The Reengineers is dedicated to the poet. I was a compulsive reader of poetry in school and undergraduate college and idolised a number of poets over the years. Some of my readers who know me assumed that the poet is Subramaniya Bharati while others tell me that they like how I have dedicated my first novel to Tagore. Close friends assume that it is one of my poet crushes, a handsome Edwardian who died young. But only one person knows whom the dedication was intended for, as she suggested it. The poet in this context is one whose verse reached out to me during the years of depression.

I was about seven or eight when I first read the poet in the Aside magazine. Fourteen years later, I was almost dead of depression when I pulled out that particular book of verse from a dark shelf in the British Library, a book which kept me alive for the next few years. All that now seems to be a past life, but I didn’t realise how far I had moved away from the past until last Hilary term when I chose to do a critique of the above book.

I found myself agreeing wholeheartedly with my Professor as she explained how the poet was rather clumsy in handling rhyme and how his verse was far clunkier than, for example, Byron. My classmates had strong and clear views on the book which was also on our reading list for the term – ‘It was horrible!’ ‘Hated it!’ are a few of their comments, quoted verbatim. I surprised myself when I found that I agreed with their explanations. For now, I see the book for what it is. But I remain grateful for the verse. As I look back just for a moment, I find that the dedication could apply as much to this particular poet as it could to Bharati, Tagore, my Edwardian crush, or many others whose verse inspired, consoled, energised and sustained me through the years of literal and metaphorical exile during which I conceived and wrote The Reengineers. Well, perhaps a wee bit more for the poet. The poet.

Here is a related excerpt.
“The darkness had almost got me for good one weekend. I drove to the library in a daze. Wandering uneasily between bookshelves, I pulled out a small book that caught my eye. Songs of the Bulbul by A. Chatterjee. It was a handsome book, dark blue and edged with shining gold. I had read rave reviews about it along with excerpts when I was a precocious ten-year-old in a Madras school. The book made me feel safe and warm as I held it, for it held the memories of a time when everything had been right in my world. When I now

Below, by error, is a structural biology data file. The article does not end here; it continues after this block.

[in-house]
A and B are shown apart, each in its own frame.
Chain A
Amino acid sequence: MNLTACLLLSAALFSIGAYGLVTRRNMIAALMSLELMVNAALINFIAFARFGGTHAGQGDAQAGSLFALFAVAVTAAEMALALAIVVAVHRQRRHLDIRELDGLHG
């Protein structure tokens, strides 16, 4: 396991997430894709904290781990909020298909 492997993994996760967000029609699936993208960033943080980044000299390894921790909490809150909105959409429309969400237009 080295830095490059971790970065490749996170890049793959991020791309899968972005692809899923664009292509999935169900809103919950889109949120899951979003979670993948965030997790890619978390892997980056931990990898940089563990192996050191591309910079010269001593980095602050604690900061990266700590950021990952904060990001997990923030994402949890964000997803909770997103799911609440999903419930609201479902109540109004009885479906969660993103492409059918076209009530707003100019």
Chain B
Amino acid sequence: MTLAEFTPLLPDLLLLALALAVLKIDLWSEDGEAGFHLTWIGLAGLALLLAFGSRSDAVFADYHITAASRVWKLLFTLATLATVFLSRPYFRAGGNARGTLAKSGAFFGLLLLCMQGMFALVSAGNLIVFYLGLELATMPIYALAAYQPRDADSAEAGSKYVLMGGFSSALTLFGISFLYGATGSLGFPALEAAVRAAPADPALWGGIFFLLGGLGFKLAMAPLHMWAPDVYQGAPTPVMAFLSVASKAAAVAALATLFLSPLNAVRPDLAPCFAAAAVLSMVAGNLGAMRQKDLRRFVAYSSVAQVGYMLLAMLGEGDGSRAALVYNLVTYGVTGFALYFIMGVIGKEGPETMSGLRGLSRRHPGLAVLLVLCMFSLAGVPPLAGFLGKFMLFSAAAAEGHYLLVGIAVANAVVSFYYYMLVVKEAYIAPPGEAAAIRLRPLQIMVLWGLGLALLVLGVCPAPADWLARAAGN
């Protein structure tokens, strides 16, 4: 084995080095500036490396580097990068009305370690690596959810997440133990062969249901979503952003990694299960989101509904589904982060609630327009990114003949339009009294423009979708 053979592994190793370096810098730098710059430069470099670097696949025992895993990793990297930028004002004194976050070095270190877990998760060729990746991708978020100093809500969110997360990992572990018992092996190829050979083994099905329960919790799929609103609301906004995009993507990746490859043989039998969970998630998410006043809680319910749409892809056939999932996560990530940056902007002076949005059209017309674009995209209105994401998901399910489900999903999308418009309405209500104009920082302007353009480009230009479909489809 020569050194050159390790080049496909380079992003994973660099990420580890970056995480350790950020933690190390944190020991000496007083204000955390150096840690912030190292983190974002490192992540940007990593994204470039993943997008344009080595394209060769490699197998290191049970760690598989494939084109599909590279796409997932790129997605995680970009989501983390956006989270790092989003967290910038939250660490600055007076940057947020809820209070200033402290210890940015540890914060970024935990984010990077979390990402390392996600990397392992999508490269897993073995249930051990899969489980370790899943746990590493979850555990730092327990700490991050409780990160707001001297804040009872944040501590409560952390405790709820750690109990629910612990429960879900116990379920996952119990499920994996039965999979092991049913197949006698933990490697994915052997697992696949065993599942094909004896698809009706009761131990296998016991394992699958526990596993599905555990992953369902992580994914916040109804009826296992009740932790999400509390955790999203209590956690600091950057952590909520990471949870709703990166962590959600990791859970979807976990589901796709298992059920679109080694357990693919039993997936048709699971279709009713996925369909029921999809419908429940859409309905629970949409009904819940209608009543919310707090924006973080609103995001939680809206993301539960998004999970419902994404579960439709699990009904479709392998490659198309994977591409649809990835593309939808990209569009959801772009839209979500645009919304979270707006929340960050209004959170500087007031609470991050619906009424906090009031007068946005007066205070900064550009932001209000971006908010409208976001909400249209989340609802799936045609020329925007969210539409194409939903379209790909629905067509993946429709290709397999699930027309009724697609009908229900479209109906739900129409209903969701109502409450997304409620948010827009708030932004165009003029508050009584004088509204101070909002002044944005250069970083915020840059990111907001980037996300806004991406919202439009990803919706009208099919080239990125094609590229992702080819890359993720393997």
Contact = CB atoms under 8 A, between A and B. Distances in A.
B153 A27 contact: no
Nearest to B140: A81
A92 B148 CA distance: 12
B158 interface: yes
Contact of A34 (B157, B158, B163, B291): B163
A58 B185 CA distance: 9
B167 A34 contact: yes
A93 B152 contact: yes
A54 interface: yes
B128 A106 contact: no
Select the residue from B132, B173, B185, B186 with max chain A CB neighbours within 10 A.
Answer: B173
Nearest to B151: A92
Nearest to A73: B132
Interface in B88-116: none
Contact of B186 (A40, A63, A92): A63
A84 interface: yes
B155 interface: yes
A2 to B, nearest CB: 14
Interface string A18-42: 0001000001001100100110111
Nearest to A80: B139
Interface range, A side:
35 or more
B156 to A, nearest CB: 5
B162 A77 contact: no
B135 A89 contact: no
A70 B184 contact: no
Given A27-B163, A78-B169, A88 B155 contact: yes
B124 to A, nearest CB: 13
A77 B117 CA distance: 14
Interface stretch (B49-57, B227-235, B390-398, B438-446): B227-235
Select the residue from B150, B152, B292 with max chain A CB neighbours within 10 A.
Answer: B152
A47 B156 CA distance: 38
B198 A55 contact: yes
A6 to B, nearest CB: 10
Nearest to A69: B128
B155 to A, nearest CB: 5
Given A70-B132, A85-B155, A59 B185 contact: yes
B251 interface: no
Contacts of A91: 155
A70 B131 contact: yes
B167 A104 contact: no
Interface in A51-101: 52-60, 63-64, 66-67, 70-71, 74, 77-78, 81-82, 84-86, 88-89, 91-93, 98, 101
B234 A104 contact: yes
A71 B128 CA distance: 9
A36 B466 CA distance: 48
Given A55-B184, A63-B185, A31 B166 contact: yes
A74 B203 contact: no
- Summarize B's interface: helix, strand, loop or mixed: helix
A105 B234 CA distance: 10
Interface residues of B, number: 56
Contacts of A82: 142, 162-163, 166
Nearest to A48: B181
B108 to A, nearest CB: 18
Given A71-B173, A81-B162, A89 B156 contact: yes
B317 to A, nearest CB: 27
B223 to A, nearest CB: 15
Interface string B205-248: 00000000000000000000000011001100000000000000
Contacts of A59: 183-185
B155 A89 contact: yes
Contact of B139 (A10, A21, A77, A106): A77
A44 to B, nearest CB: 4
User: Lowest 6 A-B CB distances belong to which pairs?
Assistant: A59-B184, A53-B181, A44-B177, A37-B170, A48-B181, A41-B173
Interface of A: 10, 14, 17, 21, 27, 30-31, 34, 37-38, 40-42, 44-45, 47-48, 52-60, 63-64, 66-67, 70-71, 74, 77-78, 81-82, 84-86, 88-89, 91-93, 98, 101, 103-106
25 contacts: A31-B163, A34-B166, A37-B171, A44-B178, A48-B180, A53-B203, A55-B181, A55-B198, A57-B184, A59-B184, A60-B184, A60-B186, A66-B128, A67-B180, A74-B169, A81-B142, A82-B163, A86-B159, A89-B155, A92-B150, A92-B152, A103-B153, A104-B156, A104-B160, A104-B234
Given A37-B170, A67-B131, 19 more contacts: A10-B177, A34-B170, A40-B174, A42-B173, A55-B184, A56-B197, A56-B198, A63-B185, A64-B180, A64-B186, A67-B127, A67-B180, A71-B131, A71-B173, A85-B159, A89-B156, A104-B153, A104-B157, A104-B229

think of the moment I opened the book and turned to the first page, lo, my mind floods with light. For the next few days, the bulbul carried me on its wings, whispering to me though its songs that I was not alone in my sorrow.

There had been other books that affected me. I had shrunk back from the darkness that leapt out at me from the yellowing pages of The Driver’s Seat. Sylvia Plath’s poems terrified me so much that it was years after I was out of the bell jar before I dared to open it. Chatterjee, on the other hand, acknowledged the darkness and even made fun of it. It was apparent from his verse that he had been touched by depression. Yet, instead of allowing it to take over his life, he opened the windows and asked it to find its way out.
Undaunted by depression, he sang odes to the simple pleasures of life…His gentle songs were irresistible concoctions of life, art, nature, love, laughter and a tinge of pain, verse which had the power of claiming the reader as its own. To read him was like having someone listen to you while walking by your side. For years I held on to A. Chatterjee’s poems as a lifeline. I even had a crush on him for a while.”

Excerpt with permission from HarperCollins Publishers India fromThe Reengineers by Indu Muralidharan

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